When families become disintegrated and the family fibre is weak then the nation also in turn becomes weak and disintegrated.
In the book, Mainstreaming Livelihoods into Gender HIV and Aids programming by OxFam Canada, it is highlighted that the family is a place of wealth creation not only for itself but also for the nation and future generations. It is also pointed out that the family provides the value and norms to guide one in life.
It is the family which is the main source of provision for all the food, shelter, education, clothing and other basic needs. In terms of sickness, for example, due to HIV and Aids, it is the family that provides care to the affected and infected.
People with a strong family background have been seen to contribute immensely and positively to the development of the nation.
The importance of the family unit is usually highlighted on the international Commemorations of the Day of Families which is spearheaded by the Ministry of Women Affairs, Gender and Community Development every year at national, provincial and district levels. On such events emphasis is placed on the need to ensure harmony within families and extended families.
However, people have never imagined the importance of love in marriages. It is love that brings two people together and it is the same love that binds them together. Once this love diminishes then there are problems in the home, in marriages and in unions.
It is this diminishing love that in turn separates couples and fuels the spread of HIV and Aids that brings hatred and disharmony even in the nation and the entire world.
The 21st century has seen an increase in the number of divorce cases which can also be attributed to the fact that people don’t take the time to get to know each other before marriage. Our children learn even up to university level but are never taught about life, about courtship and marriage.
Imagine a 15-year-old getting married, with no knowledge of how to take care of a family, the husband also without any formal training on these issues. A recent article in Chronicle told the shocking story of a young girl who was sold away to a man for $70.
These are some of the incidents taking place in the lives of our children. Surely as parents we need to uphold our norms and cultures.
In their report on the State of the World’s Girls 2010, Plan International quoted Queen Rama of Jordan as saying that girls are the most inspirational, the most transformational, and the most untapped currency in the world today. Girls, given the support, are well able to grasp the opportunities available, yet there are some greedy parents who grab every opportunity available at the expense of their own flesh and blood. It is also unfortunate that in sub Saharan Africa and South Asia 50 percent of young women in rural areas are married by the age of 18.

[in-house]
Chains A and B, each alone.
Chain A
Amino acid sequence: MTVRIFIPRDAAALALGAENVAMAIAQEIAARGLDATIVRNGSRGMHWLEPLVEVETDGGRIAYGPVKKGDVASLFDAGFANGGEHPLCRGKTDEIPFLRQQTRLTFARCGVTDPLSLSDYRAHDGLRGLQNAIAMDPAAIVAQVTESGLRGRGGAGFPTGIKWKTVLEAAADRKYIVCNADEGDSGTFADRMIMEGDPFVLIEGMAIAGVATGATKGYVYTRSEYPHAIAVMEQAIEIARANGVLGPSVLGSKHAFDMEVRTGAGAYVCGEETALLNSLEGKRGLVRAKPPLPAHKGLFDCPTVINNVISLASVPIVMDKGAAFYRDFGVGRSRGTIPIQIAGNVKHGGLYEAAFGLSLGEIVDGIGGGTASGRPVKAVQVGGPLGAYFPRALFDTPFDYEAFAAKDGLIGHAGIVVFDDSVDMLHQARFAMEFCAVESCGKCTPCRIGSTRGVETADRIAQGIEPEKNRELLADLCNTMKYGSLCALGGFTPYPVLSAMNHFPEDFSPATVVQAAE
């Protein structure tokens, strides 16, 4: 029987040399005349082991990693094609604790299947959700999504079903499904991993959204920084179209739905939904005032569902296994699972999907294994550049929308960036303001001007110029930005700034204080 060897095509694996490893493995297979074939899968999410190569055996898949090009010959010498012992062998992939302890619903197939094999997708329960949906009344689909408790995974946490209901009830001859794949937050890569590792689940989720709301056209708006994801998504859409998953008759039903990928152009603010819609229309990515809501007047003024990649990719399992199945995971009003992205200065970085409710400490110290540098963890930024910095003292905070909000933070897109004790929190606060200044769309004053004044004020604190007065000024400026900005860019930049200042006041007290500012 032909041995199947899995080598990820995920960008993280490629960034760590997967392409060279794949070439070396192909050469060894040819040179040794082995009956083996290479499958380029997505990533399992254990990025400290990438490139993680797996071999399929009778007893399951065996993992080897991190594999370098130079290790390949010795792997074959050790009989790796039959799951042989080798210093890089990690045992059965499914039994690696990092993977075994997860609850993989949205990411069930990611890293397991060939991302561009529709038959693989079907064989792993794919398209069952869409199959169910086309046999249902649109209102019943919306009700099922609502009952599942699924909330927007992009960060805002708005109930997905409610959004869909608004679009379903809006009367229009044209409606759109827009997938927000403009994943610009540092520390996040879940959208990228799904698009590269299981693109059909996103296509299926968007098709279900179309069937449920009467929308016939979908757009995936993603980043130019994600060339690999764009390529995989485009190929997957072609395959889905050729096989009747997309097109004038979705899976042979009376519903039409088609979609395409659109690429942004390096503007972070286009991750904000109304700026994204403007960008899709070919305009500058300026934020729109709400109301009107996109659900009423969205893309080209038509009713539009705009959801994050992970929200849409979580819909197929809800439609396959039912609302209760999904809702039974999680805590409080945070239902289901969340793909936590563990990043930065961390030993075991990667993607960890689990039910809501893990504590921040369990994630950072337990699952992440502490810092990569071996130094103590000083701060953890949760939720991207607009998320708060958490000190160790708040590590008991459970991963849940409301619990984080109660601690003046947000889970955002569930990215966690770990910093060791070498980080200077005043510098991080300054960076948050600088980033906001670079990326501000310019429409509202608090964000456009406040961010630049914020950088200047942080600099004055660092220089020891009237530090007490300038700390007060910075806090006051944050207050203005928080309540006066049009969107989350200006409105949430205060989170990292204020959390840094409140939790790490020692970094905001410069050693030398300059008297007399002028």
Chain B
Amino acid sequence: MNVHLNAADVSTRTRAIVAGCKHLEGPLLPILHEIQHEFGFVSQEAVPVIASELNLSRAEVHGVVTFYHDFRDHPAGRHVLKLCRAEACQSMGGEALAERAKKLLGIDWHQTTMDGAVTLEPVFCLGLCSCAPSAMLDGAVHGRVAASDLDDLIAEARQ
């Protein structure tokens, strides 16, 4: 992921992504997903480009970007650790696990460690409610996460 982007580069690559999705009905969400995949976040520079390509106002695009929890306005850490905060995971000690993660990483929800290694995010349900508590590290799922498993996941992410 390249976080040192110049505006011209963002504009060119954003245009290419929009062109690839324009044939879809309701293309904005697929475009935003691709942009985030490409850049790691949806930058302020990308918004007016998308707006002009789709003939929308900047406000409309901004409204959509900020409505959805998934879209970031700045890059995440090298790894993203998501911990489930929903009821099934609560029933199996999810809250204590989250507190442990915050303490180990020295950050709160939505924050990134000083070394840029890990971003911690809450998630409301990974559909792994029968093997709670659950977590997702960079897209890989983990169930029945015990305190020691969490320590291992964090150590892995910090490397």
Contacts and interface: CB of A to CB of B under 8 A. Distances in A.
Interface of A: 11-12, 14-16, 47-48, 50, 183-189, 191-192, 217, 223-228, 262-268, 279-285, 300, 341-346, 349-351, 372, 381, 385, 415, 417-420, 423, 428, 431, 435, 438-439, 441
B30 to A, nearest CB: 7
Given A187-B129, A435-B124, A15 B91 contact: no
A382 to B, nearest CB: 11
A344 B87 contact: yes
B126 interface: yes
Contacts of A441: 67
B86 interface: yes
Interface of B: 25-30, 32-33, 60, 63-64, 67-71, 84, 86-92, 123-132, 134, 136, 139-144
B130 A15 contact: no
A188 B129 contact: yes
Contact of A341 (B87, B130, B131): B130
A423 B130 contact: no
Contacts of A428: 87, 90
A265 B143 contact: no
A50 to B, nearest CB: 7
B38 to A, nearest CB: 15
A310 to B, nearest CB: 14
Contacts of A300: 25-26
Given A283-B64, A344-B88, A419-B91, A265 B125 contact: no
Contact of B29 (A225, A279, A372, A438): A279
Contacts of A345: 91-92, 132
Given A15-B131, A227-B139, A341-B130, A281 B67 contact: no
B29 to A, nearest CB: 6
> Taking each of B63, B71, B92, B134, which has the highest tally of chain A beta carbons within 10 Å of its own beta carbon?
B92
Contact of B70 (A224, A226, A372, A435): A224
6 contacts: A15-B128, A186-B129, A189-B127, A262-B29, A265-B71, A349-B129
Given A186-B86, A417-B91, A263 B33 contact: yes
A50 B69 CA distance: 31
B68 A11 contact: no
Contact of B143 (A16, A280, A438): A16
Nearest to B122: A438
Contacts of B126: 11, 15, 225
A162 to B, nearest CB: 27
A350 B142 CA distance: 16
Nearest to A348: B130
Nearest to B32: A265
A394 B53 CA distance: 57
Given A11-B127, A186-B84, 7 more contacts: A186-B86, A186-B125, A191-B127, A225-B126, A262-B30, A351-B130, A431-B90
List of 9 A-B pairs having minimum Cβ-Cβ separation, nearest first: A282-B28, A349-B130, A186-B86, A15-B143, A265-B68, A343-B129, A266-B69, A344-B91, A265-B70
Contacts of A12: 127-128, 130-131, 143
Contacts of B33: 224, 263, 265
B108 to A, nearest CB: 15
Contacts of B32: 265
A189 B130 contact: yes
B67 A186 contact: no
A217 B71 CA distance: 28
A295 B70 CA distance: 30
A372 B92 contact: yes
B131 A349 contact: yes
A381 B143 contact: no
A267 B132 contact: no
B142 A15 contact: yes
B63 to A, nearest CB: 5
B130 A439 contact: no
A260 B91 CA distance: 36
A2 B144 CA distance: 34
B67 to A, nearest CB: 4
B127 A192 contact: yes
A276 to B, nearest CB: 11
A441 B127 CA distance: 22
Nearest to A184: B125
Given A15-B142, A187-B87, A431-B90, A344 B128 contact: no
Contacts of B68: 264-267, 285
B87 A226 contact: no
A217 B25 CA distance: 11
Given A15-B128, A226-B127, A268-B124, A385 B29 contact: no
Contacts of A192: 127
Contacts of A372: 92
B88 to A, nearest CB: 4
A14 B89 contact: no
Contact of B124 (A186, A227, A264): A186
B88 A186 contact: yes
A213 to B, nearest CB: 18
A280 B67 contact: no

1 Corinthians 13; 4-8 clearly highlights what is abound by love. There are quite a number of couples who exchange vows today only to divorce in a couple of months.
It seems vows nowadays are a matter of regurgitating words after the marriage officer without total commitment to the union. In a book written by Dzidziso Yekupenya Counselling Institute, it is highlighted that some diseases such as high blood pressure, sugar diabetes, arthritis and cancer might be caused by the lack of harmony and love among couples.
In most African societies, the love shown by the couple during courtship slowly fades away during marriage. The gifts, the hugs and the kisses all become something of the past.
Some women interviewed even confessed that they couldn’t remember when they last received a present, let alone a kiss from the same man who used to shower them in excess.
A number of men do not even remember the dates of important anniversaries nor their wives’ birthdays or their children’s. It is important to note that it is the little things that hold together a marriage.
It is also true that other women do not appreciate the efforts made by their spouses to take care of their families. Some women never learn to say thank you, theirs is to nag and complain, and this is disheartening to the husband and might worsen the situation.
What most women also forget is that marriage is not the end of one’s social life. Men also feel that they ought to socialise with other men and discuss social life, just as women also meet at different forums where they discuss women issues and share ideas.
Some women insist that their spouses should drink from home. While this is a noble idea, marriage should not create a barrier to one’s social life. Once the man resists, then there is tension in the home. Proverbs 21vs 19 clearly addresses this issue by highlighting that it is better to dwell in the wilderness than with a contentious wife along with vexation.
It is important therefore for a woman to build a strong relationship with her husband through trust, respect and understanding.
Love in marriage can also be expressed in various ways, such as the way in which the woman cooks for the husband, washes and irons his clothes, in the modern day scenario some women totally leave all the wife’s duties to the maid, and this should not be so.
The general cleanliness of the house and how the woman dresses and carries herself are all critical issues in a relationship, it is also necessary to keep the fire alive in the marriage, thus recreation and spiritual activities like prayer help bring the family together. Parents hence should set good examples for their children as these are the parents of tomorrow.
l The writer is the provincial development officer for Bulawayo in the Ministry of Women Affairs, Gender and Community Development.